Inside Method’s Method of Design
Packaging design is a central focus of Method’s product development process. We take pride in designing beautiful, function-oriented and durable packaging. But how can the packaging design process be used to address the impact of producing millions of plastic bottles each year?
With impacts on energy use, carbon emissions, and downstream waste creation, how can we take a page out of “Cradle to Cradle” and make our packaging footprint a positive one?
Method’s focus on packaging design started early. In 2001, the co-founders Adam Lowry and Eric Ryan penned a “Hail Mary” email to Karim Rashid, one of the best-known and respected industrial designers in the world. They asked Rashid to redesign some of the world’s most ubiquitous products: dish soap, hand wash, and surface sprays. To their surprise, Rashid wrote them back. He came on as Method’s chief creative officer, tasking his studio with reinventing the mundane product forms found on grocery store shelves across the country.
Ten years later, design thrives at the center of Method’s organizational thinking and at the start of any product’s development lifecycle. Our product design team is now fully in house. Rapid prototyping machines, expanses of quickly evolving whiteboard space, and a culture that favors thinking out loud help us leverage this design process as our key to building remarkable products. Intuitive product forms, minimal graphic clutter, and clean, modern lines, have become
But how does this commitment to design help us in our pursuit of a positive footprint?
Method is most effective as an agent of positive change for sustainability when we use environmental innovations to make better products that change user perceptions and ultimately make our categories evolve. We find novel materials and product designs with embodied environmental benefit and use them to create better product experiences, more effective formulations, packaging that’s easier to use, and products that keep homes happy and healthy.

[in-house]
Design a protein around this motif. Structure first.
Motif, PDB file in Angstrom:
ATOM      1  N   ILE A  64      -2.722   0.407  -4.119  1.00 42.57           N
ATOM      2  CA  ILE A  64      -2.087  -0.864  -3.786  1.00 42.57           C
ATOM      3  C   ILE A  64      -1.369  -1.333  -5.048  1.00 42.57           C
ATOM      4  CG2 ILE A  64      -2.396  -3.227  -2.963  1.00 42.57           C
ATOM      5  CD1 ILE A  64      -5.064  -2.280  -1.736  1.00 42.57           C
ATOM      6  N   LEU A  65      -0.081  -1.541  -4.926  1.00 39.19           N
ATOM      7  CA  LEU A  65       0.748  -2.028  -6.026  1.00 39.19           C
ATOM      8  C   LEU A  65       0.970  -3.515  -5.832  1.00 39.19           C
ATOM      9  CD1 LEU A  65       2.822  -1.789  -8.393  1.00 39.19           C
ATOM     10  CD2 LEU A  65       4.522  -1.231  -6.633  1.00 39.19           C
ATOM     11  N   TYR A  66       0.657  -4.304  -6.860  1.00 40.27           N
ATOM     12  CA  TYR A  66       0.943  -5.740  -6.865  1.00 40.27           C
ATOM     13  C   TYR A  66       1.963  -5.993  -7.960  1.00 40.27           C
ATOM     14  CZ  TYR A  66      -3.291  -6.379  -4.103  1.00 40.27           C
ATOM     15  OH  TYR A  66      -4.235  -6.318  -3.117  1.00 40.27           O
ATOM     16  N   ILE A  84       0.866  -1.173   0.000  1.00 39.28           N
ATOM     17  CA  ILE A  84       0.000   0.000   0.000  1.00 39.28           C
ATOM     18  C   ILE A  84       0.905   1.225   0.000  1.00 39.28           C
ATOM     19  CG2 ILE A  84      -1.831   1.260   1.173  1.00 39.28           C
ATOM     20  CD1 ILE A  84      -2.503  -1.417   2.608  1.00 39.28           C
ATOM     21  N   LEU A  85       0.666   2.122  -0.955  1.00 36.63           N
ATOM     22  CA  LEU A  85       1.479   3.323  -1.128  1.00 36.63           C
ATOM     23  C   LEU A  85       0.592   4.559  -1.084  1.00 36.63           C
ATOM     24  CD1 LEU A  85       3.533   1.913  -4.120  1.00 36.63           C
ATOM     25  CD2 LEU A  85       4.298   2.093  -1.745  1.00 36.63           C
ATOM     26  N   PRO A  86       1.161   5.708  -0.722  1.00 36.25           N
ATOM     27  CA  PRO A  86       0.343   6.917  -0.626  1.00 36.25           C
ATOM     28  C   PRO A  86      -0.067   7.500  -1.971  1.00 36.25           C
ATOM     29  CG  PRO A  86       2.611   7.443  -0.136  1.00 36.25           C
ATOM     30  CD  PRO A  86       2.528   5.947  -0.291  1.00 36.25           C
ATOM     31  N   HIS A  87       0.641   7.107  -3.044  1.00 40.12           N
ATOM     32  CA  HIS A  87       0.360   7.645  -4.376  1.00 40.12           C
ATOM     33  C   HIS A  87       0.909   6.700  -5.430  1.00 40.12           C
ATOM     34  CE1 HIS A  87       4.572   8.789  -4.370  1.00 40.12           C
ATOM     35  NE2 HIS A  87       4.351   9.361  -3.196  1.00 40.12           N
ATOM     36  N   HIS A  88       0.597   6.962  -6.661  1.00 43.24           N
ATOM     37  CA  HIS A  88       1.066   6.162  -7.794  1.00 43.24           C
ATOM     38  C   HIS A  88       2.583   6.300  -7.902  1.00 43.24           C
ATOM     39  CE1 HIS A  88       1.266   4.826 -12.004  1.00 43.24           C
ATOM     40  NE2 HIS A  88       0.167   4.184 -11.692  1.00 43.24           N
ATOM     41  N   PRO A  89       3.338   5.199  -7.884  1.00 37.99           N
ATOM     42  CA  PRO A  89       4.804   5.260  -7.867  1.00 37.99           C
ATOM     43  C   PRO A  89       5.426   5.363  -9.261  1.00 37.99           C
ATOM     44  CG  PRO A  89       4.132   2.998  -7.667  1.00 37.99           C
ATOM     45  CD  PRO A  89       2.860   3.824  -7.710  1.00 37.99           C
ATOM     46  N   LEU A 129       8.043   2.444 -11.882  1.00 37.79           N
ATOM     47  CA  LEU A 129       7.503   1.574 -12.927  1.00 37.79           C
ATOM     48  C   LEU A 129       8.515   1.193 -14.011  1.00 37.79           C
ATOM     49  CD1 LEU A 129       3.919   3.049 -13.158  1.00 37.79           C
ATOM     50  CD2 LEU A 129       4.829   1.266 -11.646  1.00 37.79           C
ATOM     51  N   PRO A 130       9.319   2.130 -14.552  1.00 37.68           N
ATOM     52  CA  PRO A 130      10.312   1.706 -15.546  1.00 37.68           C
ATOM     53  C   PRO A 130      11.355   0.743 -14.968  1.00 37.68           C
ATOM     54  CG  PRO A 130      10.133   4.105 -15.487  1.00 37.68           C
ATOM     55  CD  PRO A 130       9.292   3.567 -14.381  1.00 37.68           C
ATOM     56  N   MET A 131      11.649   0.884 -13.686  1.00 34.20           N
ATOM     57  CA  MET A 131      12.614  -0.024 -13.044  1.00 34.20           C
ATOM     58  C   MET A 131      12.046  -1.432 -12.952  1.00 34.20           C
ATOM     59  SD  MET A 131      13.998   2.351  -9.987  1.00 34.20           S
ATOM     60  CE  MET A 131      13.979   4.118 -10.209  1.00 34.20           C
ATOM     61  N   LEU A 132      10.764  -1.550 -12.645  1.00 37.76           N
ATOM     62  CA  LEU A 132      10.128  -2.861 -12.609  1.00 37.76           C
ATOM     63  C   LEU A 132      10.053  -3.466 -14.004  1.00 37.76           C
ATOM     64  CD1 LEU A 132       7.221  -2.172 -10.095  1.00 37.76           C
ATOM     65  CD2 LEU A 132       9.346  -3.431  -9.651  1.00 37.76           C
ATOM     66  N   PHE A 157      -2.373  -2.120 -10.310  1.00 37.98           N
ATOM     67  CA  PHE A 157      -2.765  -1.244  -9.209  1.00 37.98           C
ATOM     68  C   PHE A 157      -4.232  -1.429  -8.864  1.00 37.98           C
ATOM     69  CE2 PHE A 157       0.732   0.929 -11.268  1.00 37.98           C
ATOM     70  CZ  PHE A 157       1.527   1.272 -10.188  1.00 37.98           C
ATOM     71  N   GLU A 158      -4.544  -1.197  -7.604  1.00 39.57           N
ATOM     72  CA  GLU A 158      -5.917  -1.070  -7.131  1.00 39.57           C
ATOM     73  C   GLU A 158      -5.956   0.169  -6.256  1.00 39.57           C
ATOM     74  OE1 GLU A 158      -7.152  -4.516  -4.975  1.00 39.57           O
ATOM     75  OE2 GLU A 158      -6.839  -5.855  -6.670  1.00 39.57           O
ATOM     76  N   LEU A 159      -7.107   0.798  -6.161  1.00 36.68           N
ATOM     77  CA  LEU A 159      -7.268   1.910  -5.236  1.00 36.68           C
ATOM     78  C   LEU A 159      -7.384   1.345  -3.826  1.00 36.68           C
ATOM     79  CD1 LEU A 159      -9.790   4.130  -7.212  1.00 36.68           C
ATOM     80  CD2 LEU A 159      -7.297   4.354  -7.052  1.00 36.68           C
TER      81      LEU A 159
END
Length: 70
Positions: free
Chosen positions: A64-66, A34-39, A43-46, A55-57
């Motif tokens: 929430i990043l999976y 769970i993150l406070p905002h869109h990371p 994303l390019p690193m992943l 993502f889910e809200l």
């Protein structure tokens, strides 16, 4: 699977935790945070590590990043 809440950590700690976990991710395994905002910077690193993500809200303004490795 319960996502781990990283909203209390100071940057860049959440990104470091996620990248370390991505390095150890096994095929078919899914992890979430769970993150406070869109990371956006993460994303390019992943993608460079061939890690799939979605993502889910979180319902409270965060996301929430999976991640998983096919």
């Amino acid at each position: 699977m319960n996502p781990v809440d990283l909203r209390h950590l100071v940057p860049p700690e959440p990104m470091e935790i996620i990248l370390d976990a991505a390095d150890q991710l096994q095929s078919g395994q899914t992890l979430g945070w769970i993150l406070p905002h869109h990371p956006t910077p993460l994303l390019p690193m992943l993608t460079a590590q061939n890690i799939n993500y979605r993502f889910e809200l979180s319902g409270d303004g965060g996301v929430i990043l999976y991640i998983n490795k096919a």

Relying on product sustainability as a platform for improved user experience is the conceptual opposite of conventional green product design, in which a solitary and peripheral green attribute is tacked onto an existing product. Think of bottled water “now with 5 percent less plastic” or of paper products harvested from clear-cut forests but “made using renewable energy.”
Our emphasis on the design process helps us focus our research lens on the packaging environmental profile at the start of the development process. We believe in a science-based approach to sustainability and use detailed technical research to deliver material environmental benefit. A prototype-packaging concept is reviewed by Method’s greenskeeping team by screening all materials for their health and environmental attributes and making sure no dirty ingredients are used.
A great tool in the design process is the COMPASS packaging design software from the Sustainable Packaging Coalition. Method’s packaging engineers, known internally as plastic surgeons, complete a COMPASS evaluation (a simplified rapid lifecycle assessment) as soon as a package concept is loosely defined. This allows us to quickly understand relative merits in terms of energy consumption, material use, GHG emissions, and other LCA outputs for multiple packaging designs. Knowing these environmental implications at the front end of the design process means we’re making informed decisions and points us squarely at where improvements are most meaningful.
Method recently introduced a line of surface cleaners bottled in 100 percent Post Consumer Recycled PET resin. This packaging change led to 71 percent lower carbon emissions and 84 percent lower energy use than using virgin plastic. Using PCR in high quality products also helps build valuable markets for plastics recyclers, giving much needed incentives to their development.
The bottle is high clarity, boasts excellent consistency in wall thickness (a big deal in the plastics-geek world), offers high resistance to cracking, and importantly to Method, the resin transparency allows the product color to really pop on the retail shelf.
While far from perfect (U.S. recycling statistics indicate that only ~ 20 percent of these bottles will be recycled at the end of their life), the greatly reduced resource use, the strengthening of the recycled plastic market, and the integration to beautiful, effective products, all contribute to a huge step towards making our packaging footprint a positive one.